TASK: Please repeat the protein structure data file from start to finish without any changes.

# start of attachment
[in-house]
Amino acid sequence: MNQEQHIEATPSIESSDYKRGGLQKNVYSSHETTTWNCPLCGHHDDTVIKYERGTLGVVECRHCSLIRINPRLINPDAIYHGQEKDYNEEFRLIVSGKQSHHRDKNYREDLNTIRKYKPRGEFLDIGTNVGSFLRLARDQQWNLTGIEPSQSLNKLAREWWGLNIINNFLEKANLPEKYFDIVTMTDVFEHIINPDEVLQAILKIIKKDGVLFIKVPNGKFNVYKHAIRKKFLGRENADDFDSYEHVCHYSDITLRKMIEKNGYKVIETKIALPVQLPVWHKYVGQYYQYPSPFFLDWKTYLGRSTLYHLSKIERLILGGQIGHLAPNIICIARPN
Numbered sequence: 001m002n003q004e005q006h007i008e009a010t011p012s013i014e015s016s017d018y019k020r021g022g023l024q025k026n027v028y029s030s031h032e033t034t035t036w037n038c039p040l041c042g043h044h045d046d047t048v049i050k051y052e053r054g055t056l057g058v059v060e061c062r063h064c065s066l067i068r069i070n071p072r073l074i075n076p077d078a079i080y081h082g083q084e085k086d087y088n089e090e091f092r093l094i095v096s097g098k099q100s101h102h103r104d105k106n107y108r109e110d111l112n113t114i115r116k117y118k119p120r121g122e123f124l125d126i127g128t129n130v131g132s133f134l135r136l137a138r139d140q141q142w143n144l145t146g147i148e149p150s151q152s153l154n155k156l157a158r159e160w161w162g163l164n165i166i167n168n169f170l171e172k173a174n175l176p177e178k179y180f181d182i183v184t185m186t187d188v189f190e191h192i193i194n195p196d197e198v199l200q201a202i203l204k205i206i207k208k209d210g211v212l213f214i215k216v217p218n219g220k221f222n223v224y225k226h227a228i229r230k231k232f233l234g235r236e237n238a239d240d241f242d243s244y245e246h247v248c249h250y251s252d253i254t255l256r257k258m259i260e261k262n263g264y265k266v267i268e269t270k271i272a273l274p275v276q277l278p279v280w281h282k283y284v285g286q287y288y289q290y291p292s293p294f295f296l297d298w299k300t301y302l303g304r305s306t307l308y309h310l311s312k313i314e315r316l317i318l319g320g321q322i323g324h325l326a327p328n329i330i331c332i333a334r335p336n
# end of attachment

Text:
[in-house]
Amino acid sequence: MNQEQHIEATPSIESSDYKRGGLQKNVYSSHETTTWNCPLCGHHDDTVIKYERGTLGVVECRHCSLIRINPRLINPDAIYHGQEKDYNEEFRLIVSGKQSHHRDKNYREDLNTIRKYKPRGEFLDIGTNVGSFLRLARDQQWNLTGIEPSQSLNKLAREWWGLNIINNFLEKANLPEKYFDIVTMTDVFEHIINPDEVLQAILKIIKKDGVLFIKVPNGKFNVYKHAIRKKFLGRENADDFDSYEHVCHYSDITLRKMIEKNGYKVIETKIALPVQLPVWHKYVGQYYQYPSPFFLDWKTYLGRSTLYHLSKIERLILGGQIGHLAPNIICIARPN
Numbered sequence: 001m002n003q004e005q006h007i008e009a010t011p012s013i014e015s016s017d018y019k020r021g022g023l024q025k026n027v028y029s030s031h032e033t034t035t036w037n038c039p040l041c042g043h044h045d046d047t048v049i050k051y052e053r054g055t056l057g058v059v060e061c062r063h064c065s066l067i068r069i070n071p072r073l074i075n076p077d078a079i080y081h082g083q084e085k086d087y088n089e090e091f092r093l094i095v096s097g098k099q100s101h102h103r104d105k106n107y108r109e110d111l112n113t114i115r116k117y118k119p120r121g122e123f124l125d126i127g128t129n130v131g132s133f134l135r136l137a138r139d140q141q142w143n144l145t146g147i148e149p150s151q152s153l154n155k156l157a158r159e160w161w162g163l164n165i166i167n168n169f170l171e172k173a174n175l176p177e178k179y180f181d182i183v184t185m186t187d188v189f190e191h192i193i194n195p196d197e198v199l200q201a202i203l204k205i206i207k208k209d210g211v212l213f214i215k216v217p218n219g220k221f222n223v224y225k226h227a228i229r230k231k232f233l234g235r236e237n238a239d240d241f242d243s244y245e246h247v248c249h250y251s252d253i254t255l256r257k258m259i260e261k262n263g264y265k266v267i268e269t270k271i272a273l274p275v276q277l278p279v280w281h282k283y284v285g286q287y288y289q290y291p292s293p294f295f296l297d298w299k300t301y302l303g304r305s306t307l308y309h310l311s312k313i314e315r316l317i318l319g320g321q322i323g324h325l326a327p328n329i330i331c332i333a334r335p336n